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By DAVID CAMPHOUSE
At the Monday, Dec. 20, Pike County board meeting, former board member and chairman Andy Borrowman was unanimously selected to fill the seat left vacant by Rodger Hannel’s resignation last month. Hannel has since passed away after a drawn out battle with cancer.
Borrowman was nominated for the seat, along with Don Foster, by the Pike County Republican Committee. County Board chairman Jim Sheppard selected Borrowman to fill the seat. The full board subsequently approved the selection of Borrowman to fill Hannel’s unexpired term through Nov. 30, 2022.
Sheppard said that Borrowman was a logical choice to fill the seat, because he has extensive and recent experience serving on the board.
“Andy is very knowledgeable and a good board member,” Sheppard said. “He can fit into the roles that Rodger had, and there is less of a learning curve. He just needs to be caught up. This way we can sort of hit the ground running.”
Also left vacant by Hannel’s absence from the board was the office of vice-chairman. Borrowman was also selected by the board at Monday’s meeting to fill the office of vice-chairman. Borrowman was nominated by Amy Gates and the motion was seconded by John Birch. He was approved unanimously.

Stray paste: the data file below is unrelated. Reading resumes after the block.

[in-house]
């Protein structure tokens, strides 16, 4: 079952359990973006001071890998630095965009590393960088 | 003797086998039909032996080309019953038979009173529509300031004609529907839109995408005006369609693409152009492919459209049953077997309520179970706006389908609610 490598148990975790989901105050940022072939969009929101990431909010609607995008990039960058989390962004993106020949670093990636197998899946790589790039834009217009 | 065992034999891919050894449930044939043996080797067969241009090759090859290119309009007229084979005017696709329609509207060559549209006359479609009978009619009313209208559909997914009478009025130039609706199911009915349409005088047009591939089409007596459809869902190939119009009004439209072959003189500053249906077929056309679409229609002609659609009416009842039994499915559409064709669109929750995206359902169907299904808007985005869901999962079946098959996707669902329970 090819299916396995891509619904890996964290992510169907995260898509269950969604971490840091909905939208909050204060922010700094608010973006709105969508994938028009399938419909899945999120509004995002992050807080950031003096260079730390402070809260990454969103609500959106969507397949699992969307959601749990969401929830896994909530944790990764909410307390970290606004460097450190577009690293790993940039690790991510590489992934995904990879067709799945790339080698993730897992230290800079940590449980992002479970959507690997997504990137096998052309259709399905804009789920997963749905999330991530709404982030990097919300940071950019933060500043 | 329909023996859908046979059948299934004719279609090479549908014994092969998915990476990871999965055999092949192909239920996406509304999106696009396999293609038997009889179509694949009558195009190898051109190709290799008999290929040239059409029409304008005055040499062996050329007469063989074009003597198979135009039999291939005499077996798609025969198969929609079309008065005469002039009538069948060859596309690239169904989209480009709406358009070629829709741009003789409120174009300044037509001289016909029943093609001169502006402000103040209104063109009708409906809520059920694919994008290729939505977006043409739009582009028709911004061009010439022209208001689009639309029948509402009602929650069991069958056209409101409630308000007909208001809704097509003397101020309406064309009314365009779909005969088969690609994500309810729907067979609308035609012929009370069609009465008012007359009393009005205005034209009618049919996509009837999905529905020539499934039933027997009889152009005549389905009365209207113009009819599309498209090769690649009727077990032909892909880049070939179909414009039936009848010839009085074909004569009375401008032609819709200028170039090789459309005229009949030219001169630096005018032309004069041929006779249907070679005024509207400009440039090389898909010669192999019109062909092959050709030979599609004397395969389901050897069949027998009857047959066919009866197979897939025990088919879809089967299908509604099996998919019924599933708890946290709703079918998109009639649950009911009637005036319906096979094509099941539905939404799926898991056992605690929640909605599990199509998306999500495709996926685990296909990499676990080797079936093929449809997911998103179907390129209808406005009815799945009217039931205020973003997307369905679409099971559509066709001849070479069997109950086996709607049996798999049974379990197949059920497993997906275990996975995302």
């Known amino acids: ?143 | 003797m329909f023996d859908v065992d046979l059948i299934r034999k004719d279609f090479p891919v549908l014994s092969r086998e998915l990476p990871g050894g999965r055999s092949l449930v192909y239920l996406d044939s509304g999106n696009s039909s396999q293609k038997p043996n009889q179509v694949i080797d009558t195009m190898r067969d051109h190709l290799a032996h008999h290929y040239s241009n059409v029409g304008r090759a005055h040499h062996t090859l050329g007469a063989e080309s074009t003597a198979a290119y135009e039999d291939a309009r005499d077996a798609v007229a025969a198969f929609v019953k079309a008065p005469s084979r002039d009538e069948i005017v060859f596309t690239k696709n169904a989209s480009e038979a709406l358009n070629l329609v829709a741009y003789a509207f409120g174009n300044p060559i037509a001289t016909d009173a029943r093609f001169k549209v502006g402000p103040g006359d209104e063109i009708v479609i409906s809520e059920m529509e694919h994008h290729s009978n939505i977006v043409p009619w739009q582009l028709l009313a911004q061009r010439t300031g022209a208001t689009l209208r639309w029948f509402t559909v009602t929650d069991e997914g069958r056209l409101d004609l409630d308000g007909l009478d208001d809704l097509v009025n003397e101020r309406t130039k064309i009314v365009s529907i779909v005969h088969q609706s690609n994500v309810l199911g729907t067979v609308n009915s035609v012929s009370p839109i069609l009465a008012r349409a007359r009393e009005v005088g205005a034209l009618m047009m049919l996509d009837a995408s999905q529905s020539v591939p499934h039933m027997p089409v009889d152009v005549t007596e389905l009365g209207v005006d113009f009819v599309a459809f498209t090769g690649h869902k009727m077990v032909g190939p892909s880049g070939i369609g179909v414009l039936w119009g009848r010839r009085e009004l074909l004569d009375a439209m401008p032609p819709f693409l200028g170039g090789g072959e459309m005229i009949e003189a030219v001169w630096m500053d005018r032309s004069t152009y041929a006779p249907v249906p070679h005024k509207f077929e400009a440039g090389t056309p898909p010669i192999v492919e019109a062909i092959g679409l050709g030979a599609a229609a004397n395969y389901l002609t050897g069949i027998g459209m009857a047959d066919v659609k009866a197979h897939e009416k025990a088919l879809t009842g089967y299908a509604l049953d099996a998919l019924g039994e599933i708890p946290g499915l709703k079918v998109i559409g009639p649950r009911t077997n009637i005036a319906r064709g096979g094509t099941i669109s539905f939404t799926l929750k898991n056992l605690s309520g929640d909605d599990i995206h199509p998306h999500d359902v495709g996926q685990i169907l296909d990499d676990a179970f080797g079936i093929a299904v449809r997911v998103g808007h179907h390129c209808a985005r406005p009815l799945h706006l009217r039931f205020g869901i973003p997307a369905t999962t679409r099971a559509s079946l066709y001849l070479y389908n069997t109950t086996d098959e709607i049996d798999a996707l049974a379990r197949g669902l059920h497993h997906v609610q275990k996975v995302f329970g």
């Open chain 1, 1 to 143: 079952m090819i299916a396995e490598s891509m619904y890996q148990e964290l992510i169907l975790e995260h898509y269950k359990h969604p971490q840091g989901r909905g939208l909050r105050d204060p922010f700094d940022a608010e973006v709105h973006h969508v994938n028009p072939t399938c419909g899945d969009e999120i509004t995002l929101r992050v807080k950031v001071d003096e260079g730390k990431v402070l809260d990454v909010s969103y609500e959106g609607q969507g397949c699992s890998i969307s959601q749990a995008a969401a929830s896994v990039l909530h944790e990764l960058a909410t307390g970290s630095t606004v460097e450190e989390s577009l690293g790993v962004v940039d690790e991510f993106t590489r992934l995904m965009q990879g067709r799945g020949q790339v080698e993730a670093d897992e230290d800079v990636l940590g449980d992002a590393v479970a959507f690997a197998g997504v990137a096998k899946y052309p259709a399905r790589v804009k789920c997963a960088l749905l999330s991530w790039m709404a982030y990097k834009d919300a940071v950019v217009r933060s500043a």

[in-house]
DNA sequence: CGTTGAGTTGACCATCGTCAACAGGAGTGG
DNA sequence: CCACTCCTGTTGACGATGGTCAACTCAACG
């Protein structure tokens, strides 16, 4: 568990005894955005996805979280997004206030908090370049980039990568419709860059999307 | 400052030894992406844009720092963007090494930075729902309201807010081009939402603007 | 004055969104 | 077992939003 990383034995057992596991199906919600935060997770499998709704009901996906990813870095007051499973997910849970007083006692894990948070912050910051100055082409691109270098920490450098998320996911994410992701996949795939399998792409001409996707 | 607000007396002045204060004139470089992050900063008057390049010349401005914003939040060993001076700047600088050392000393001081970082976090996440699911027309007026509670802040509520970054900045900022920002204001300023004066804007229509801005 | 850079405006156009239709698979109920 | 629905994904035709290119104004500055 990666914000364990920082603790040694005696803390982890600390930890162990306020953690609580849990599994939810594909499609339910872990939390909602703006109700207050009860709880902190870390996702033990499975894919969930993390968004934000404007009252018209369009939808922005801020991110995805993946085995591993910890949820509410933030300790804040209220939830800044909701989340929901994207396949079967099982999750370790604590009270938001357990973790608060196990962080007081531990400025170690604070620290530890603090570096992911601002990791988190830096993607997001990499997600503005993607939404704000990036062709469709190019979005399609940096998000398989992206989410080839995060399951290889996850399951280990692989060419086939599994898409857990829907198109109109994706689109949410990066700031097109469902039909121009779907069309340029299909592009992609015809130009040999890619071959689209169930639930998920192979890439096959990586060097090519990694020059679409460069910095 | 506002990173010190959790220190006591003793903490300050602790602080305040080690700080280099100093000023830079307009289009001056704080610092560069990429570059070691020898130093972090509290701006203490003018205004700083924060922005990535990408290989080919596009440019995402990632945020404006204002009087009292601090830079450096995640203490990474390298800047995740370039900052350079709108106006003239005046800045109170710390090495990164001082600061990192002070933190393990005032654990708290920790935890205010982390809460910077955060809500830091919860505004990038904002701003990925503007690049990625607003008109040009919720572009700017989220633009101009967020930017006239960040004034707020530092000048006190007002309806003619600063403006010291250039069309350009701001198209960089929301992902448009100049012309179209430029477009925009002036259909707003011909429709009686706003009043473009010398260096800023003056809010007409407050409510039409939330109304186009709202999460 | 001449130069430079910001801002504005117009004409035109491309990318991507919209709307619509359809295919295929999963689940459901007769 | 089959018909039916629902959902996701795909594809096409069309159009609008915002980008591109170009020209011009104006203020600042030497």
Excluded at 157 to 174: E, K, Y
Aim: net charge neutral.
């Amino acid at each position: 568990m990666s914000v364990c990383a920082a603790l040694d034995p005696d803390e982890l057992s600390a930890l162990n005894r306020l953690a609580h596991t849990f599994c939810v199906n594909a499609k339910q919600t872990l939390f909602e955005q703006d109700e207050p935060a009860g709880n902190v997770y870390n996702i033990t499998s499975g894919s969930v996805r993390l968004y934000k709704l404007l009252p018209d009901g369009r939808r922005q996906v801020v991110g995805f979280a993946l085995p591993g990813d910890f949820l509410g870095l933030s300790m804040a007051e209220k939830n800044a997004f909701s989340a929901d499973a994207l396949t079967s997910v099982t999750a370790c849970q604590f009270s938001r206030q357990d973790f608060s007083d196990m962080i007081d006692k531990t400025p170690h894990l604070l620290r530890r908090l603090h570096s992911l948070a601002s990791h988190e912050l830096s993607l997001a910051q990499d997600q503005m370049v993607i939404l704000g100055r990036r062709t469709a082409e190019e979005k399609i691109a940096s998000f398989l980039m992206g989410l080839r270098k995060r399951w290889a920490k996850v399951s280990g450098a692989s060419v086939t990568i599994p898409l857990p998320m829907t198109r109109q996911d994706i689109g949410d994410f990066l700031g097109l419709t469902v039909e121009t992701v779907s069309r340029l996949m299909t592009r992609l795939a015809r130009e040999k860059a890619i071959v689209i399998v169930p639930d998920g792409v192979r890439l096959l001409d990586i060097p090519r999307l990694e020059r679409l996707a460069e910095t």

In addition, Borrowman will fill Hannel’s positions on the board’s finance, insurance and labor committees.
Also approved at Monday’s meeting was the county’s participation in a national settlement against opioid drug companies. The settlement, according to Pike County State’s Attorney Zack Boren, will provide money to agencies that work to combat opioid addiction.
“The state will distribute the money by county,” Boren said. “The main thing is that it is supposed to go to rehabilitative programs and not to the individual political subdivisions.”
The board went on to approve the appointment of Gene Webel as a trustee of the Rural Pittsfield Fire Protection District through May of 2024.
In addition, board members approved the appointment of the Office of the State’s Attorney Appellate Prosecutor as the county’s agent from Dec. 1, 2021, to Nov. 30, 2022. The cost to the county for the service will be $7,000 for the year. In prior years, the cost has been $8,000. Boren said the decrease in price for the service is due to financial hardship experienced by some political subdivisions in the wake of the COVID-19 pandemic.
In the board’s Agriculture Committee report, committee chairman Mark Sprague reported that the Pike County Animal Shelter has recently been dealing with overcrowding, as well as higher-than-normal expenses related to disease outbreaks among animals at the facility.
Sprague went on to say that the animal shelter was planning to work with the Gray Perpetual Charitable Trust to make improvements to the shelter, which would improve both the functionality and the appearance of the facility.
Sprague added that a transition to more technologically advanced Quick Response (QR) code rabies tags will lead to the cost of the tags rising from $8 to $10. The new tags quickly allow animal control personnel to learn the vaccination status of an animal, as well as who owns the animal.
In the “old business” portion of the meeting, Sheppard reported that the county is researching the ownership of the McWorter Cemetery, which is associated with the New Philadephia historic site between Barry and Baylis.
“It’s surrounded by private property,” Sheppard said. “There is some question as to whether the county owns it.”